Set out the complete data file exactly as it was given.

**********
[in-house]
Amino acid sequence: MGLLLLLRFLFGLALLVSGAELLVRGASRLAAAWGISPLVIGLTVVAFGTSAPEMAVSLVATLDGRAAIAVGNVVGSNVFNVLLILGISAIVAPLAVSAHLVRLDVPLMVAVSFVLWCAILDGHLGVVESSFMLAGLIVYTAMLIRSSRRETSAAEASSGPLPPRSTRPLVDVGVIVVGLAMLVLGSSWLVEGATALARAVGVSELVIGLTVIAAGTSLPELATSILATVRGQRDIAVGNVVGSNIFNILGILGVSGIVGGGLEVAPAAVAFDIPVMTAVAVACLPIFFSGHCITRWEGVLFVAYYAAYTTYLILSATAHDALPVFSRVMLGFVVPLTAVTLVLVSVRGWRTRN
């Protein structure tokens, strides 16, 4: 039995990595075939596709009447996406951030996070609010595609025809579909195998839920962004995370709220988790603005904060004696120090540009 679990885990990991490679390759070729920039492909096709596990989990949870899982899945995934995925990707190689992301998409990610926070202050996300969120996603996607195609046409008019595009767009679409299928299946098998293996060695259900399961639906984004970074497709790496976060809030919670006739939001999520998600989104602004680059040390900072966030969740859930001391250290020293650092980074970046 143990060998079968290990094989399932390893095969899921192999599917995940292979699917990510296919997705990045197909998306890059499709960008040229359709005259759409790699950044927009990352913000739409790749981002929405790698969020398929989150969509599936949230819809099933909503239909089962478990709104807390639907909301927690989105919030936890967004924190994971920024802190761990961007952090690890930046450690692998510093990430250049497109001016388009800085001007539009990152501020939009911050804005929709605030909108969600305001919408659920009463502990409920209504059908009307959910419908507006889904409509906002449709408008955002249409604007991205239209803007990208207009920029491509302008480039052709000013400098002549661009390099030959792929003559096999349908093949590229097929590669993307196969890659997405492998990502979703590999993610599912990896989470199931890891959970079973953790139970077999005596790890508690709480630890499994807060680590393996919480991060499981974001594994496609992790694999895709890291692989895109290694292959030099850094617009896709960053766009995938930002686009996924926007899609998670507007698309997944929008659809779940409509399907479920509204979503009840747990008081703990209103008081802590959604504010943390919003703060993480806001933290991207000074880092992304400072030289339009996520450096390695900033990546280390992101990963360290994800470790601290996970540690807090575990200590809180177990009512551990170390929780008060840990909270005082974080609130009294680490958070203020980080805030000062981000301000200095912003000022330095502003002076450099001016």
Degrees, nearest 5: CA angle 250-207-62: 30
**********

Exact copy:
[in-house]
Amino acid sequence: MGLLLLLRFLFGLALLVSGAELLVRGASRLAAAWGISPLVIGLTVVAFGTSAPEMAVSLVATLDGRAAIAVGNVVGSNVFNVLLILGISAIVAPLAVSAHLVRLDVPLMVAVSFVLWCAILDGHLGVVESSFMLAGLIVYTAMLIRSSRRETSAAEASSGPLPPRSTRPLVDVGVIVVGLAMLVLGSSWLVEGATALARAVGVSELVIGLTVIAAGTSLPELATSILATVRGQRDIAVGNVVGSNIFNILGILGVSGIVGGGLEVAPAAVAFDIPVMTAVAVACLPIFFSGHCITRWEGVLFVAYYAAYTTYLILSATAHDALPVFSRVMLGFVVPLTAVTLVLVSVRGWRTRN
């Protein structure tokens, strides 16, 4: 039995990595075939596709009447996406951030996070609010595609025809579909195998839920962004995370709220988790603005904060004696120090540009 679990885990990991490679390759070729920039492909096709596990989990949870899982899945995934995925990707190689992301998409990610926070202050996300969120996603996607195609046409008019595009767009679409299928299946098998293996060695259900399961639906984004970074497709790496976060809030919670006739939001999520998600989104602004680059040390900072966030969740859930001391250290020293650092980074970046 143990060998079968290990094989399932390893095969899921192999599917995940292979699917990510296919997705990045197909998306890059499709960008040229359709005259759409790699950044927009990352913000739409790749981002929405790698969020398929989150969509599936949230819809099933909503239909089962478990709104807390639907909301927690989105919030936890967004924190994971920024802190761990961007952090690890930046450690692998510093990430250049497109001016388009800085001007539009990152501020939009911050804005929709605030909108969600305001919408659920009463502990409920209504059908009307959910419908507006889904409509906002449709408008955002249409604007991205239209803007990208207009920029491509302008480039052709000013400098002549661009390099030959792929003559096999349908093949590229097929590669993307196969890659997405492998990502979703590999993610599912990896989470199931890891959970079973953790139970077999005596790890508690709480630890499994807060680590393996919480991060499981974001594994496609992790694999895709890291692989895109290694292959030099850094617009896709960053766009995938930002686009996924926007899609998670507007698309997944929008659809779940409509399907479920509204979503009840747990008081703990209103008081802590959604504010943390919003703060993480806001933290991207000074880092992304400072030289339009996520450096390695900033990546280390992101990963360290994800470790601290996970540690807090575990200590809180177990009512551990170390929780008060840990909270005082974080609130009294680490958070203020980080805030000062981000301000200095912003000022330095502003002076450099001016």
Degrees, nearest 5: CA angle 250-207-62: 30